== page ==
I have posted 15 pics of the sill repairs I've done on my coupe. They are gray scale and I kept the resolution down to 100x100 pixels to keep the loading time down. They are spread over five pages. I have added a brief narrative to go with these, but feel free to ask questions. The right side was the simpler repair since the front door post and the top half of the rear post were retained. There is one pic on the left side that shows the fenders and door in place for fitting. Please keep in mind that nothing was welded up until everything fit properly. Sheet metal screws were used to hold everything in place when trial fitting. The fenders and doors were probably on and off a dozen times on each side before any welding was done. I have a plasma cutter and a pneumatic spot weld milling cutter that were used to remove the old panels, I used both a MIG welder and a panel spot welder to attach the new metal. The insides of the inner sills were sprayed with a weld through cold galvanizing compound first and then the exterior of the inner sill and inside of the outer sills received the same treatment. The body is bolted to the chassis which was then mounted on a trolly that I adapted which made it easy to move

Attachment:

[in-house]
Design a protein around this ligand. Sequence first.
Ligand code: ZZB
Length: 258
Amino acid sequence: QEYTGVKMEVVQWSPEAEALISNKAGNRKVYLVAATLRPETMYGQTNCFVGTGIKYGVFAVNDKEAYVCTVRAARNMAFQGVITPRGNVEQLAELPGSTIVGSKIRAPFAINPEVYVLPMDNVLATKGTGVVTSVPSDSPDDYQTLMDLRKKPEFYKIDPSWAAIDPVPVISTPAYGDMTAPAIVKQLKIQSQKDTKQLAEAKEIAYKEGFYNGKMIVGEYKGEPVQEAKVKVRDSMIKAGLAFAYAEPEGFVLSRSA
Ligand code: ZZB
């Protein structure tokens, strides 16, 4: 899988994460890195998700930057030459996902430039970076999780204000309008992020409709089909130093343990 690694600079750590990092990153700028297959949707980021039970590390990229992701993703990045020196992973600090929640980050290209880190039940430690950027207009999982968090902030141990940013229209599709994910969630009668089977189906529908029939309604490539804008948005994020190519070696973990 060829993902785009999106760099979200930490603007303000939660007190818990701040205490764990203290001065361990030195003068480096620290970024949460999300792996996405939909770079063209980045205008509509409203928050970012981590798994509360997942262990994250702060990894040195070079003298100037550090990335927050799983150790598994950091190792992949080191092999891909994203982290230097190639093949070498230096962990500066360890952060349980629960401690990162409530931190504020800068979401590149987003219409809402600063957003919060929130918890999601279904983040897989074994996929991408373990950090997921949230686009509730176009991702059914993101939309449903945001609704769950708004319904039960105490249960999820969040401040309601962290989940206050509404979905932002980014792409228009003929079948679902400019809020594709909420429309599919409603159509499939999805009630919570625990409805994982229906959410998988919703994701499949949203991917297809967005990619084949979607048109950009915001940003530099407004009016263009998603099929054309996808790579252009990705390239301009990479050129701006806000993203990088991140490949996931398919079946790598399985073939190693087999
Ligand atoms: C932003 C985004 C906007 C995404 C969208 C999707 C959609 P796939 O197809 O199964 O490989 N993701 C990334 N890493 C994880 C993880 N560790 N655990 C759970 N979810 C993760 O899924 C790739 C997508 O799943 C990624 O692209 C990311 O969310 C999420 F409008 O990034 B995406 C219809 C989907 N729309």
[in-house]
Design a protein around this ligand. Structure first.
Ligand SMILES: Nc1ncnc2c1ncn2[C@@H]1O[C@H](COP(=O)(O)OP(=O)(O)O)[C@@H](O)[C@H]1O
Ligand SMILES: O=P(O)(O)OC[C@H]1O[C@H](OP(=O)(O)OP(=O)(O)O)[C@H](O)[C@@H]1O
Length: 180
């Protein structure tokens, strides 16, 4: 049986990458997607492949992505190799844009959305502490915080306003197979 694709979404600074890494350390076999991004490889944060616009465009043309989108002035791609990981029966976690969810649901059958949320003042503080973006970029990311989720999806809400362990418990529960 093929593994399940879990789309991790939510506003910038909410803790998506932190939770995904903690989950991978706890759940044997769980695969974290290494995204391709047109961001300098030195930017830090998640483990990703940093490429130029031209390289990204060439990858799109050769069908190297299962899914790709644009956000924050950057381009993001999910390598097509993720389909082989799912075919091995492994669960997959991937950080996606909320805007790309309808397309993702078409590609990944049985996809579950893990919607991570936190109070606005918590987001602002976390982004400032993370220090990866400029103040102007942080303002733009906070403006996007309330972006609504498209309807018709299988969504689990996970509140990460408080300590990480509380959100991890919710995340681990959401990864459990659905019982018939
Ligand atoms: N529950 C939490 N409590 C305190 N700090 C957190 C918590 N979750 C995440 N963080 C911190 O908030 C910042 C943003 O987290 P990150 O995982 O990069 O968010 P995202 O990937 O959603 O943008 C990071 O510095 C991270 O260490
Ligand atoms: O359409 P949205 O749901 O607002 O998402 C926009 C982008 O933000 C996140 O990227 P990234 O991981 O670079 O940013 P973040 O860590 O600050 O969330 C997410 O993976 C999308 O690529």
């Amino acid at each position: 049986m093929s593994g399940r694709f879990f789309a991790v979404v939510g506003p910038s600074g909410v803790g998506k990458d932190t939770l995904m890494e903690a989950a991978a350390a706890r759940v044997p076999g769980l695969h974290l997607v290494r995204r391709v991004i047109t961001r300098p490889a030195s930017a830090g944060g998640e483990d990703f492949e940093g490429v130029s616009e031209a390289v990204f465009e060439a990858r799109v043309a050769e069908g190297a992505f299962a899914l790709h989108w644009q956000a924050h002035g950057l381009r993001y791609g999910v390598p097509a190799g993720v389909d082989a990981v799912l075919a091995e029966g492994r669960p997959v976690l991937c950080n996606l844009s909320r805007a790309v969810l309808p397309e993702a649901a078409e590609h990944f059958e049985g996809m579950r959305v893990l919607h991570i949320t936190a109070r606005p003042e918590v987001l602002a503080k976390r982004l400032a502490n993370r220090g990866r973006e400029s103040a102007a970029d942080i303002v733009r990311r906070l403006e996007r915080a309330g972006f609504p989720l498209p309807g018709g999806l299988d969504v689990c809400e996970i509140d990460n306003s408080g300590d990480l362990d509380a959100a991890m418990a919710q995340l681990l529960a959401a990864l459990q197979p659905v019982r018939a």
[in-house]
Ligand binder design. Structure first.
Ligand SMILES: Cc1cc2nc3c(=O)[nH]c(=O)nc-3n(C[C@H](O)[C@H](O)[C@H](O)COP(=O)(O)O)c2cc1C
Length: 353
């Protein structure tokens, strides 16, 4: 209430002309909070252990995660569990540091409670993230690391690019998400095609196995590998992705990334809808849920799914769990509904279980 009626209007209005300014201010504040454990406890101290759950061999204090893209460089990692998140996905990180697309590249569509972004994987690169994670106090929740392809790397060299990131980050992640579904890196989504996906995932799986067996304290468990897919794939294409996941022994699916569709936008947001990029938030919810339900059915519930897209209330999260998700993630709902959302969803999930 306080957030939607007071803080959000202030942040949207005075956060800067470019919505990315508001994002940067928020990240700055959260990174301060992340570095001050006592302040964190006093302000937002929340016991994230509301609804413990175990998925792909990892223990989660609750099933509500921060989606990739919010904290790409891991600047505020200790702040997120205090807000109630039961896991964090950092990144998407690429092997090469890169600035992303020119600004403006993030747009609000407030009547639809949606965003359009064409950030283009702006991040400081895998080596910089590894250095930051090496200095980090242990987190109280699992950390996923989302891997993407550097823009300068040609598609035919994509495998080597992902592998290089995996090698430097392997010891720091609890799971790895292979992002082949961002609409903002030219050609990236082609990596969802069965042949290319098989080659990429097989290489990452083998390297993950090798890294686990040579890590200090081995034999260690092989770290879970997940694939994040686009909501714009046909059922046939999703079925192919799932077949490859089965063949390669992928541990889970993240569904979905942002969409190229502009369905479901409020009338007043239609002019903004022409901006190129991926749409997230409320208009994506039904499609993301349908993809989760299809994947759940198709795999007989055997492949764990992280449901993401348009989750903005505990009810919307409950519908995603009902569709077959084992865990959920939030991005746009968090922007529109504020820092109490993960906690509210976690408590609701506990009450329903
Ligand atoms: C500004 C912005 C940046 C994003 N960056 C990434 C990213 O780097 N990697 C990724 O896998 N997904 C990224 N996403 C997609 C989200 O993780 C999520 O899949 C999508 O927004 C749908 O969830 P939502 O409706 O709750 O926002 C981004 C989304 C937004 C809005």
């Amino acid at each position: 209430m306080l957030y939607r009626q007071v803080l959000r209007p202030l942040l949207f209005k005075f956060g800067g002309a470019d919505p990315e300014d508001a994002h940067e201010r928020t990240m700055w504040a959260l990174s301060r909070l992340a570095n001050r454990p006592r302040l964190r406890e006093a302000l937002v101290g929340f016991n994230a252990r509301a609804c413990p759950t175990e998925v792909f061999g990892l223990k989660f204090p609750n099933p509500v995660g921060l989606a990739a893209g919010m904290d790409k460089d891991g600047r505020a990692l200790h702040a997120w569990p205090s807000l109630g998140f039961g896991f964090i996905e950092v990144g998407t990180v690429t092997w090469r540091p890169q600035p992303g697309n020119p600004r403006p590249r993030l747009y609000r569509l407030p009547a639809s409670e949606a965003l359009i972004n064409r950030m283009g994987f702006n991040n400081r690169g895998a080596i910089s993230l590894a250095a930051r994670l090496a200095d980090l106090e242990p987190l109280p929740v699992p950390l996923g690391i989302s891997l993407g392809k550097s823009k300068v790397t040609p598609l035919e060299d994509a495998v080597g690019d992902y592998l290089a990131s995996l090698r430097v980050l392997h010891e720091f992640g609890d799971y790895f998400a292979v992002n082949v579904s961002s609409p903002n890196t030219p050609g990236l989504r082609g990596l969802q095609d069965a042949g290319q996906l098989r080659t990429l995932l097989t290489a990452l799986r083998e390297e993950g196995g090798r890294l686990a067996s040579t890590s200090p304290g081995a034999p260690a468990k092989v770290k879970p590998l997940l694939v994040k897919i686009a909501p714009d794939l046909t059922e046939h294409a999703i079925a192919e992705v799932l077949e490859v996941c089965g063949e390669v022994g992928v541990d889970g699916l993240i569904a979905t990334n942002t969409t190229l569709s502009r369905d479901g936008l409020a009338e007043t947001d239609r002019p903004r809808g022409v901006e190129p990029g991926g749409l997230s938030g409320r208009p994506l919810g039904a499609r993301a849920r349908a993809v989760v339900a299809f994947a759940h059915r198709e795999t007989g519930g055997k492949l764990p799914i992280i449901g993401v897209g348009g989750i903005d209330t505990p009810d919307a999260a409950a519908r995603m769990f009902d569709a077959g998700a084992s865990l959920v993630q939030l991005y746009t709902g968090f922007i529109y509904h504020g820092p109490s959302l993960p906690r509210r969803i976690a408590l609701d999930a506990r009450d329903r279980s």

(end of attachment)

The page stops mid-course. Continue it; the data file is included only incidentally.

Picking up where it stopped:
around. After the sills were done the body was remounted using a jig made of 2" square tubing that replaced the chassis and gave access to the inside of the sills. The shell was media blasted and primed on that setup which is the last photo.

The inner plate is kept parallel to the lower edge of the chassis and the top edge even with the inside sill sealing plate the upturned flange of which is just visible to the left of the top edge of the inner sill. Some trimming of the pieces was required. A new body mounting bracket is in place and the lower half of the rear door post has been cut away.
The lower portion of the inner panel was full of holes so a section was cut out and a new piece of steel was let in. I used a panel flanger  (available from Eastwood ) so I could lap the top edge and still have a flush fit on the inside.  Later, I ran a continuous  bead down the inner seam and ground it flush.